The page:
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The good, the bad and the ugly of business-to-Government commerce

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Chris Raven, the UK Channel Manager at Oro, Inc., the B2B eCommerce platform, lifts the lid on the business-to-government (B2G) sales model - warts and all.

For manufacturers, distributors and other B2B sellers, selling to government agencies can be challenging. But those who can navigate the bureaucracy and land a contract can reap great rewards. Digital commerce pioneer Oro Inc, the industry leader behind OroCommerce, the No. 1 open-source B2B eCommerce platform, is revealing all about B2G selling and the challenges those in the industry might face with the sales model, as well as its benefits. 

B2G eCommerce refers to electronic transactions between businesses and government entities. This involves selling to federal, regional, and local governments, including publicly funded agencies, subdivisions, affiliates, and other entities. The B2G business model is a variant of the B2B model that involves transactions between the selling business and the purchasing governmental entity. 

For example, businesses that specialise in construction frequently perform B2G transactions with government agencies. Government agencies will solicit requests for proposals (RFPs) that detail the work needed for the construction of new buildings, park developments, libraries, schools, or road construction. When an agency approves the tender of a business, they begin a B2G relationship. 

Both B2B and B2G commerce can be complex with extensive regulations and complex approval processes; yet there are some differences between the two models. In terms of vendor choice, B2B customers have significant freedom in selecting suppliers depending on the industry; while the government and its affiliated customers are limited by their procurement regulations when screening and selecting suppliers. 

Additionally, there are also differences in sales cycles. B2B transactions are not spontaneous and the businesses in question look for trustworthy, long-term suppliers. Lead pools are smaller and sales cycles are long compared with B2C, but are relatively linear and predictable. The sales cycle in B2G is usually longer than in B2B due to additional workflows and approvals required. While getting B2G contracts is more difficult than B2B, they tend to be larger value contracts that extend over a longer period of time.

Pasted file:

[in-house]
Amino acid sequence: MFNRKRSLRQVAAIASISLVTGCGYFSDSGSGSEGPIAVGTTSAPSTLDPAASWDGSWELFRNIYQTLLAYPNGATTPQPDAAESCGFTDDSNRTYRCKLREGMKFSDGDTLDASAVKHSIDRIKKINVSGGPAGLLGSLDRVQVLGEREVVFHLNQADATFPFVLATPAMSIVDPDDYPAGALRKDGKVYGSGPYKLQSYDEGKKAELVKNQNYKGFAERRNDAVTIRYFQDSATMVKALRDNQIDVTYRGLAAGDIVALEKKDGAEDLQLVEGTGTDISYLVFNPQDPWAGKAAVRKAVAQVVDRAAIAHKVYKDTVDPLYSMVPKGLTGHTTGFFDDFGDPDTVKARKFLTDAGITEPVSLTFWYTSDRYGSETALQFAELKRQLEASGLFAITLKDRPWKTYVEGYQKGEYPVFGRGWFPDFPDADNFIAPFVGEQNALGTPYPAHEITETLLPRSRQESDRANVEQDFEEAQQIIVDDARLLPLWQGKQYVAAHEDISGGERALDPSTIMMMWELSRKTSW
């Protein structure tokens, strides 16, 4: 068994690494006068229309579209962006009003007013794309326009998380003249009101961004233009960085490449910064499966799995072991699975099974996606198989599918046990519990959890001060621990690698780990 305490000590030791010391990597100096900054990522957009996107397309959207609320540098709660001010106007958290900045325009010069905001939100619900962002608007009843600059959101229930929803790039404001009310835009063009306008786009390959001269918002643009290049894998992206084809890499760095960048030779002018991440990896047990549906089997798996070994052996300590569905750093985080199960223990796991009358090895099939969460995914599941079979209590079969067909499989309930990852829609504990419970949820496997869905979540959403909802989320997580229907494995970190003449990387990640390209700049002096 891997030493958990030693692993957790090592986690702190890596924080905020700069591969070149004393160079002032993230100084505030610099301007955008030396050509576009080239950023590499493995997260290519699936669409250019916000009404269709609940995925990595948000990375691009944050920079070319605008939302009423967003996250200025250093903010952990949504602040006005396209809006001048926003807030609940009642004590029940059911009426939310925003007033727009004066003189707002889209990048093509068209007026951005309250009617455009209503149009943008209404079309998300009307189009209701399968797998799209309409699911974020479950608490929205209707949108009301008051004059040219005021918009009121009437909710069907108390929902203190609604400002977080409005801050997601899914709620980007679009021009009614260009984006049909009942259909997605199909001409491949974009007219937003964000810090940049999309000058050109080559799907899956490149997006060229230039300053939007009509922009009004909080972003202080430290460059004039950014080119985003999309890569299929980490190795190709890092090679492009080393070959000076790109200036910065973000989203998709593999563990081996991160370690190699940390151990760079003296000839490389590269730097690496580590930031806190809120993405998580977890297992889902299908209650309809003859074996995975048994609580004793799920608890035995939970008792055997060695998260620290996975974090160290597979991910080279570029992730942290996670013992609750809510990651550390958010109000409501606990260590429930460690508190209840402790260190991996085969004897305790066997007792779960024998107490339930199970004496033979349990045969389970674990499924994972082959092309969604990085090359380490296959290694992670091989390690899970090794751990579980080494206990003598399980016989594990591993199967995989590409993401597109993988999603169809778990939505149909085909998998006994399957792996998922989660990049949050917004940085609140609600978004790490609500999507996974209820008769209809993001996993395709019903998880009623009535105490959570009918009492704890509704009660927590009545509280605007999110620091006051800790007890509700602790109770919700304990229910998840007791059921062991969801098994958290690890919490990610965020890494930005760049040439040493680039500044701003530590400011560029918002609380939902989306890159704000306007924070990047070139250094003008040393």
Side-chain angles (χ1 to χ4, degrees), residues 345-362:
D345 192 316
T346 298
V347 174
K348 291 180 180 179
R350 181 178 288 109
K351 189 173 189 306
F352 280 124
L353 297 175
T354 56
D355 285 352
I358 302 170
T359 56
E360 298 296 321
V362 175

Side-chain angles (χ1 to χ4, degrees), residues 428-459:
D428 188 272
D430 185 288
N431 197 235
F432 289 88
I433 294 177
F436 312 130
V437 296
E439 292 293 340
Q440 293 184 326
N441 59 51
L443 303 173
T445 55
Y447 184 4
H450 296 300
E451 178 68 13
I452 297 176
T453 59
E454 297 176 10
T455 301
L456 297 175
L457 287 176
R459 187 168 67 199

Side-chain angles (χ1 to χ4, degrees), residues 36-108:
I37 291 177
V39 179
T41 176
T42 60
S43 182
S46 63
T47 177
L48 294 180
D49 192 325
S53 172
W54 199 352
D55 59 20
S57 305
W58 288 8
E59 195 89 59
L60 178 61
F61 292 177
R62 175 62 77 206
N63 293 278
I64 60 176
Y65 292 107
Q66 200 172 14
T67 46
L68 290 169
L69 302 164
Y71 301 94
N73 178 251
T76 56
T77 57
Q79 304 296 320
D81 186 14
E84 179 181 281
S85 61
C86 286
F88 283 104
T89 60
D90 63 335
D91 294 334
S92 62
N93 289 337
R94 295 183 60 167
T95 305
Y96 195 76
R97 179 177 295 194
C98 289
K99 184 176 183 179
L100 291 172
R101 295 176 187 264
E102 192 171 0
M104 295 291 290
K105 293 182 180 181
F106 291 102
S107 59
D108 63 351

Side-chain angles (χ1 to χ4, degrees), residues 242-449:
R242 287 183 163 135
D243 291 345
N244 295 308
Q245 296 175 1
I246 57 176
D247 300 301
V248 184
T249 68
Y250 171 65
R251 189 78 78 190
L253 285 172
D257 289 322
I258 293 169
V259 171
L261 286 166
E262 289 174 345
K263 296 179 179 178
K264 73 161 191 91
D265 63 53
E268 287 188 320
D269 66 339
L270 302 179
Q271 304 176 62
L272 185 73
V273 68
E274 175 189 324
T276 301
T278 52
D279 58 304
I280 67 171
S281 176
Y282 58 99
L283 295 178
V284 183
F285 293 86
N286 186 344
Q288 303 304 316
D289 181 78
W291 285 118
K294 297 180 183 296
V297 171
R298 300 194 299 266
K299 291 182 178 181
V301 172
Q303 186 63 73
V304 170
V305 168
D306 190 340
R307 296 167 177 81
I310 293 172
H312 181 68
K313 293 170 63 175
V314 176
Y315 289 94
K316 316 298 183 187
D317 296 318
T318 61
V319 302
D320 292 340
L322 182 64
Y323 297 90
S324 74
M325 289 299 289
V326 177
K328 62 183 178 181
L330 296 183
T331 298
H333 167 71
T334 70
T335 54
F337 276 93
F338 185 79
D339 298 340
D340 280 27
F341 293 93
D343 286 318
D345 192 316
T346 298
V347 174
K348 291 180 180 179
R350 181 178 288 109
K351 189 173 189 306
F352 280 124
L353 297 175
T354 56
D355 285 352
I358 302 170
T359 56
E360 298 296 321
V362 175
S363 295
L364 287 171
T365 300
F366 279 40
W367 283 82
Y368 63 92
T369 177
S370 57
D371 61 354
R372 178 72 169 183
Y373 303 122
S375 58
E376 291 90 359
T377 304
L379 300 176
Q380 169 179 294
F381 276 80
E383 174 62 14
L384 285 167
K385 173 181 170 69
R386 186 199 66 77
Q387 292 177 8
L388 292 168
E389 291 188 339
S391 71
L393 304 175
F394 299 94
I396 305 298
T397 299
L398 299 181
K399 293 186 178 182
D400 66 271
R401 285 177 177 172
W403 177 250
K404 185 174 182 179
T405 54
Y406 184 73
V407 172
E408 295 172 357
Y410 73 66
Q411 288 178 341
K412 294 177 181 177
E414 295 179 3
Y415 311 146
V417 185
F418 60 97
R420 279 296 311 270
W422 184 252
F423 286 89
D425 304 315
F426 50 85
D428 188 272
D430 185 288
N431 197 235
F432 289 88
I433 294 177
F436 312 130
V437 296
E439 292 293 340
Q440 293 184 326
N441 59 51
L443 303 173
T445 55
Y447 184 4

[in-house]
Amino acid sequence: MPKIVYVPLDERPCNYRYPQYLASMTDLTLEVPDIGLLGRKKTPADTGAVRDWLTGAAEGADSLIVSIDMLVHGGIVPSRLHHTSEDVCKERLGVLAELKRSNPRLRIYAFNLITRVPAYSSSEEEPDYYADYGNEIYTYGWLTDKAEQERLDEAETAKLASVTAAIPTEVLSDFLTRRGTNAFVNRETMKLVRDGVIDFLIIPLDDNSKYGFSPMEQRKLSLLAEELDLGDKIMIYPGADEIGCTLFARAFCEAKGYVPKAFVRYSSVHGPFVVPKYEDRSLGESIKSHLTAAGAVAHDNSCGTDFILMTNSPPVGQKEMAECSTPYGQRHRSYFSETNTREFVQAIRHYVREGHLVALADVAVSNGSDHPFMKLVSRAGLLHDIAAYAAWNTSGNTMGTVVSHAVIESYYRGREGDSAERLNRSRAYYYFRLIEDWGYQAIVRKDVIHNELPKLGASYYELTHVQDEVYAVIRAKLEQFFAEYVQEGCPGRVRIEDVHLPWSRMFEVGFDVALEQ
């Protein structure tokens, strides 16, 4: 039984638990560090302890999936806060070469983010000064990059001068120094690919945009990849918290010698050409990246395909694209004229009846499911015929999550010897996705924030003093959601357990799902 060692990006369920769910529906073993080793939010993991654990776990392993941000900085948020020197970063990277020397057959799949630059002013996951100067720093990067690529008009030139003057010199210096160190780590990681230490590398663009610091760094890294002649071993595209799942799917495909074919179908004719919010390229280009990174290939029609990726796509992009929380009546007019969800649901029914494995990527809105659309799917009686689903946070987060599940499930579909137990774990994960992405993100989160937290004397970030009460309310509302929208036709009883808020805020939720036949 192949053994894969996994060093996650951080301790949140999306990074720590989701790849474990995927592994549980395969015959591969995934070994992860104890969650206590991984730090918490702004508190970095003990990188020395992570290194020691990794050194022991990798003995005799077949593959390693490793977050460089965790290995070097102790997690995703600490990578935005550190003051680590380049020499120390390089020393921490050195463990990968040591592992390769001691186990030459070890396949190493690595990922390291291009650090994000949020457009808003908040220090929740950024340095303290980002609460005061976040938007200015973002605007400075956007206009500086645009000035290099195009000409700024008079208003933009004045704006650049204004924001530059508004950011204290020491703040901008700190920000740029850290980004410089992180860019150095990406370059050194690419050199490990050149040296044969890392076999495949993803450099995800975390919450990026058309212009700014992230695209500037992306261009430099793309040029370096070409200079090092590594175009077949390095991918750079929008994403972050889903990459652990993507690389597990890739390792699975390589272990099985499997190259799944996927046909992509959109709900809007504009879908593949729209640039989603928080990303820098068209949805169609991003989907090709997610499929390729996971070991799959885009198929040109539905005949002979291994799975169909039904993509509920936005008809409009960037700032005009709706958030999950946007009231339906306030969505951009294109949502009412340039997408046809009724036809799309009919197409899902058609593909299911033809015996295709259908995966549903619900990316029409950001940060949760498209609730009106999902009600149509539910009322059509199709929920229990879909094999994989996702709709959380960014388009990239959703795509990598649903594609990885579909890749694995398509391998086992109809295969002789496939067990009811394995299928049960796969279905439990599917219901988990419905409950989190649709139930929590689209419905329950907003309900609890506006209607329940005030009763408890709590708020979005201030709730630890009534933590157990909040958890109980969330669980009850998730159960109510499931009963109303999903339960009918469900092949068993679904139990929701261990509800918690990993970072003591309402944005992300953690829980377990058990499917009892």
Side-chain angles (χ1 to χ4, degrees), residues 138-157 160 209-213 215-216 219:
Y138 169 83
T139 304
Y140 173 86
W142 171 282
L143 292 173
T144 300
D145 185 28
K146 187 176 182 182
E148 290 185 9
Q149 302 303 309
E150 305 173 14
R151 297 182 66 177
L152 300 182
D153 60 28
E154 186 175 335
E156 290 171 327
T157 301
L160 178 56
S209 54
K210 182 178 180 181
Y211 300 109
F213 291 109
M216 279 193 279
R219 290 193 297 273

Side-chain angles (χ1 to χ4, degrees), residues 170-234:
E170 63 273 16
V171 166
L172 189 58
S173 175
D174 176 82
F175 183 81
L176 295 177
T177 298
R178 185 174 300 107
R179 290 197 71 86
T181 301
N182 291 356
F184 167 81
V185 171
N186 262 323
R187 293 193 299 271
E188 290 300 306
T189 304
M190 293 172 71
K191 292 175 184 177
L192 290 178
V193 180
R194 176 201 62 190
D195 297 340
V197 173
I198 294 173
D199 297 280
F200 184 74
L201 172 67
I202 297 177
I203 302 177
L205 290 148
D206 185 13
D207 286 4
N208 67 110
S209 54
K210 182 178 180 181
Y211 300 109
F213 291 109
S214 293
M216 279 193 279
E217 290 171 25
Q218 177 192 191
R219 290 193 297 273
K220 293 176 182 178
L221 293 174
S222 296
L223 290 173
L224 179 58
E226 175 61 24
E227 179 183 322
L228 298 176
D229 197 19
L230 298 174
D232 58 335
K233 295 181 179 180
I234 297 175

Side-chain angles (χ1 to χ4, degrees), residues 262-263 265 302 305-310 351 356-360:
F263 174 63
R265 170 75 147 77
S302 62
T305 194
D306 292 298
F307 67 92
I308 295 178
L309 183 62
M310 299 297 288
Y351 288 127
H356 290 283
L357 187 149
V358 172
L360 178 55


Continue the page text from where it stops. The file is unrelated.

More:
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Despite a few more hoops to jump through, there are some great benefits of engaging with B2G commerce. The federal government, for instance, sets aside contracts for women-owned small businesses (WOSB) and women-owned small businesses (EDWOSB) in specific industries in distribution, manufacturing, warehousing, and construction. Similarly, DVA contracts are offered exclusively to veteran-owned small businesses.

There are also intangible benefits to doing business with the government. Government agency contracts can boost company awareness and enhance brand reputation. Not only does your contract bring in sales, it can help land additional sales in the private sector. As a government contractor, you’ll play your part in providing services for or solving some of the country’s most pressing challenges. Because governments prioritise corporate social responsibility, they help businesses give back to the communities where they operate. Even if your business is small, government tenders are designed to place businesses of all sizes on an even playing field and almost all federal agencies are required to procure a certain amount of products from smaller businesses.

There is, of course, the other side of the coin to consider in terms of the disadvantages of B2G commerce. Government contracts aren’t negotiated like other business contracts. In B2B the parties simply negotiate mutually agreeable terms. Government contracts are governed by FAR, which is designed to protect the government’s interests. Businesses selling B2G must learn about FAR, their legal rights, negotiation options, and adjust their contract processes accordingly. In addition, contract agents may negotiate on the government’s behalf. 

Selling to the government is a complex and resource-intensive endeavour, but can be lucrative when done right. Luckily, manufacturers, distributors, and other B2B sellers are well-positioned to capitalise on B2G opportunities.

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